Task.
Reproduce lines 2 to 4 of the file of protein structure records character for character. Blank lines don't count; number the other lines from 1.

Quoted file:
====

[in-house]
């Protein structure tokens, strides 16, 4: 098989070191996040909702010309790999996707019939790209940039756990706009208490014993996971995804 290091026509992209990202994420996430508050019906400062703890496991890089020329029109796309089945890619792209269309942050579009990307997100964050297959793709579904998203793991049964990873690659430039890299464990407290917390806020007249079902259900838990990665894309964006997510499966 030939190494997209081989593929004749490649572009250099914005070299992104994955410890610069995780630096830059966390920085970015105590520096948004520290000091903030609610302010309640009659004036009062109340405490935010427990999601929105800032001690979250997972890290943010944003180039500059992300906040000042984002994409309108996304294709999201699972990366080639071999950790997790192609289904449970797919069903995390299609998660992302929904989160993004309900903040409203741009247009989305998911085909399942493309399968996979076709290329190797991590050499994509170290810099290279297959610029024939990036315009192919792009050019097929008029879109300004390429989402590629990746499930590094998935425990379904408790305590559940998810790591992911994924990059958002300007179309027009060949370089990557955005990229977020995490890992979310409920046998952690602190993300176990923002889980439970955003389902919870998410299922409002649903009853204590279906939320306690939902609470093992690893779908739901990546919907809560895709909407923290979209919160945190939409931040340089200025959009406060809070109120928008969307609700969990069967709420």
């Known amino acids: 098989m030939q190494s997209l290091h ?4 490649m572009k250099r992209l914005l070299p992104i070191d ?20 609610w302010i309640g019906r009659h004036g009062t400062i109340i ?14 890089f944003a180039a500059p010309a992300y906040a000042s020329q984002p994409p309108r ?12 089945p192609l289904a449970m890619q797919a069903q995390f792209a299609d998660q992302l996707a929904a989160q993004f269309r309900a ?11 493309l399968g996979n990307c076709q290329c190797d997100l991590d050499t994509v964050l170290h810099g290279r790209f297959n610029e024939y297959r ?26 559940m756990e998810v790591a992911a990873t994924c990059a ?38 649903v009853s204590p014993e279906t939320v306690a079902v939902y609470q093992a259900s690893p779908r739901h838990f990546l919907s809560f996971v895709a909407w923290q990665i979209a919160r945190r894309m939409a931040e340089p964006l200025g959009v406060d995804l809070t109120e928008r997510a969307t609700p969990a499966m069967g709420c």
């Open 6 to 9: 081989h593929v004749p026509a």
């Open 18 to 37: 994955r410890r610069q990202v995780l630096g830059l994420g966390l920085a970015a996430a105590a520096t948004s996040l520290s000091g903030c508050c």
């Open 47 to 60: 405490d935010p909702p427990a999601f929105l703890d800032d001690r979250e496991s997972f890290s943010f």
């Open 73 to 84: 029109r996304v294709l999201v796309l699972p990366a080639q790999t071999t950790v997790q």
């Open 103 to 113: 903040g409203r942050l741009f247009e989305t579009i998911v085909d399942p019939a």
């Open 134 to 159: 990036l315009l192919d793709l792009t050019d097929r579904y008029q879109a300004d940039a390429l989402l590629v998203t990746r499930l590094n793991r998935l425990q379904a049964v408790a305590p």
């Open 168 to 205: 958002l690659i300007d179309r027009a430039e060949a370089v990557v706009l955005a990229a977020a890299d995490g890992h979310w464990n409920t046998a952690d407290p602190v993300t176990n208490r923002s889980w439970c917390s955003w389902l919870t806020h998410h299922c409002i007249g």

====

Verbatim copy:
């Protein structure tokens, strides 16, 4: 098989070191996040909702010309790999996707019939790209940039756990706009208490014993996971995804 290091026509992209990202994420996430508050019906400062703890496991890089020329029109796309089945890619792209269309942050579009990307997100964050297959793709579904998203793991049964990873690659430039890299464990407290917390806020007249079902259900838990990665894309964006997510499966 030939190494997209081989593929004749490649572009250099914005070299992104994955410890610069995780630096830059966390920085970015105590520096948004520290000091903030609610302010309640009659004036009062109340405490935010427990999601929105800032001690979250997972890290943010944003180039500059992300906040000042984002994409309108996304294709999201699972990366080639071999950790997790192609289904449970797919069903995390299609998660992302929904989160993004309900903040409203741009247009989305998911085909399942493309399968996979076709290329190797991590050499994509170290810099290279297959610029024939990036315009192919792009050019097929008029879109300004390429989402590629990746499930590094998935425990379904408790305590559940998810790591992911994924990059958002300007179309027009060949370089990557955005990229977020995490890992979310409920046998952690602190993300176990923002889980439970955003389902919870998410299922409002649903009853204590279906939320306690939902609470093992690893779908739901990546919907809560895709909407923290979209919160945190939409931040340089200025959009406060809070109120928008969307609700969990069967709420």
């Known amino acids: 098989m030939q190494s997209l290091h ?4 490649m572009k250099r992209l914005l070299p992104i070191d ?20 609610w302010i309640g019906r009659h004036g009062t400062i109340i ?14 890089f944003a180039a500059p010309a992300y906040a000042s020329q984002p994409p309108r ?12 089945p192609l289904a449970m890619q797919a069903q995390f792209a299609d998660q992302l996707a929904a989160q993004f269309r309900a ?11 493309l399968g996979n990307c076709q290329c190797d997100l991590d050499t994509v964050l170290h810099g290279r790209f297959n610029e024939y297959r ?26 559940m756990e998810v790591a992911a990873t994924c990059a ?38 649903v009853s204590p014993e279906t939320v306690a079902v939902y609470q093992a259900s690893p779908r739901h838990f990546l919907s809560f996971v895709a909407w923290q990665i979209a919160r945190r894309m939409a931040e340089p964006l200025g959009v406060d995804l809070t109120e928008r997510a969307t609700p969990a499966m069967g709420c």
């Open 6 to 9: 081989h593929v004749p026509a």